Add in the butter and using an immersion blender, blend it in. At this point the ganache should be thick, emulsified and glossy. It is ready to be used.
If not using instantly, clingwrap and leave it in a slightly warm place to maintain it’s temperature.
Using a serrated knife, cut the tops off each of the cake evenly so that you are left with two thick but leveled cakes.
With one cake placed on a serving plate and on turntable, dollop on the ganache and spread an even layer of about 1-cm in thickness, turning the turn tables as you go along.
Place the second cake cut side down onto the ganache and align it properly. Using a flat spatula, begin crumb coating it until you have an even layer and the cake looks straight. Leave it in the freezer for the it firm up. At this stage you can check that your ganache is still smooth and not splitting. If it is splitting slightly, heat it up in the microwave and use a whisk and whisk vigorously till emulsified again.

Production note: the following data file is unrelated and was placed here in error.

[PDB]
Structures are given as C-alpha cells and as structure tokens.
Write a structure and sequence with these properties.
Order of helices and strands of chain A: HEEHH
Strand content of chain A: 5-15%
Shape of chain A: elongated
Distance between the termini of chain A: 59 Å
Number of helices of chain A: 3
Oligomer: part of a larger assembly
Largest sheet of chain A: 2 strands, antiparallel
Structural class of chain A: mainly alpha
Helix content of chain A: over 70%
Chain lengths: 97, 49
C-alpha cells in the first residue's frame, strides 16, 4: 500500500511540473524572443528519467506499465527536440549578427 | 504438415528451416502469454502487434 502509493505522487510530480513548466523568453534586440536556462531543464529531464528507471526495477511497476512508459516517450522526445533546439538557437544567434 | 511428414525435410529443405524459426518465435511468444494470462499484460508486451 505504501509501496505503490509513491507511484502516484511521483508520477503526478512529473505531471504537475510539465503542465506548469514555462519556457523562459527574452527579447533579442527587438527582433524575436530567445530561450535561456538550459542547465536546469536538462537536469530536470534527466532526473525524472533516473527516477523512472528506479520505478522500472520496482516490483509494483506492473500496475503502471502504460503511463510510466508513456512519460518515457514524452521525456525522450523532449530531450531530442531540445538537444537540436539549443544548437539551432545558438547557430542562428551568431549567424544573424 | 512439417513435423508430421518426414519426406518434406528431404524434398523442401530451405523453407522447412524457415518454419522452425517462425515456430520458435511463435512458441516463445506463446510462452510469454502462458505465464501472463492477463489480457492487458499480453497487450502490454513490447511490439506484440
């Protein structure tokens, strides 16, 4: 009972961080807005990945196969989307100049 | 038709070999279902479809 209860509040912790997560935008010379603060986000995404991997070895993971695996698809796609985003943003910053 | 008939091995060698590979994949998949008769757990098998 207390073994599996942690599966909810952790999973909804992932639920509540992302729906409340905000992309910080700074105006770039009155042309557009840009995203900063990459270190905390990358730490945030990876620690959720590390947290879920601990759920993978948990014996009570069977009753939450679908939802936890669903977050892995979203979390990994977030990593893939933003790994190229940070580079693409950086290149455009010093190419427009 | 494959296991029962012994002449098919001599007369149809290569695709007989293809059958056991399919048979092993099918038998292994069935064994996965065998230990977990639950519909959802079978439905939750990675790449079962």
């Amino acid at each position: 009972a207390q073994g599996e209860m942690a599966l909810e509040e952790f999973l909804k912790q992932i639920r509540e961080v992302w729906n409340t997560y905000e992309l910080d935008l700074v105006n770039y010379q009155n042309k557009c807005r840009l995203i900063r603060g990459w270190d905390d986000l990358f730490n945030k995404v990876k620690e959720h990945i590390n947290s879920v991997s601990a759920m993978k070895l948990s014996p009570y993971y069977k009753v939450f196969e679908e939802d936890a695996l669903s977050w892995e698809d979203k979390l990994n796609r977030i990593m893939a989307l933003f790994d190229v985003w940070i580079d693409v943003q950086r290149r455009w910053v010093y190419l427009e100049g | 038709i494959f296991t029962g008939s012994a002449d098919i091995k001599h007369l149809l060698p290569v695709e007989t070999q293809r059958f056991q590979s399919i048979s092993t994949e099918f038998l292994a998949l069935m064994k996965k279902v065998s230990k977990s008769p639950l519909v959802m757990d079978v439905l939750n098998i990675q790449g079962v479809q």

Remove the cake from the freezer and begin blotting on and swirling ganache over the cake. Since it’s meant to be rustic it doesn’t have to be perfect. However if you do opt to have it slightly more refined, you can spread another clean smooth layer of ganache over the crumb coat and pipe some designs.
Serve at room temperature with a drizzle of chocolate sauce and vanilla ice-cream.
It’s pretty much perfect and darn awesome on it’s own too. ;)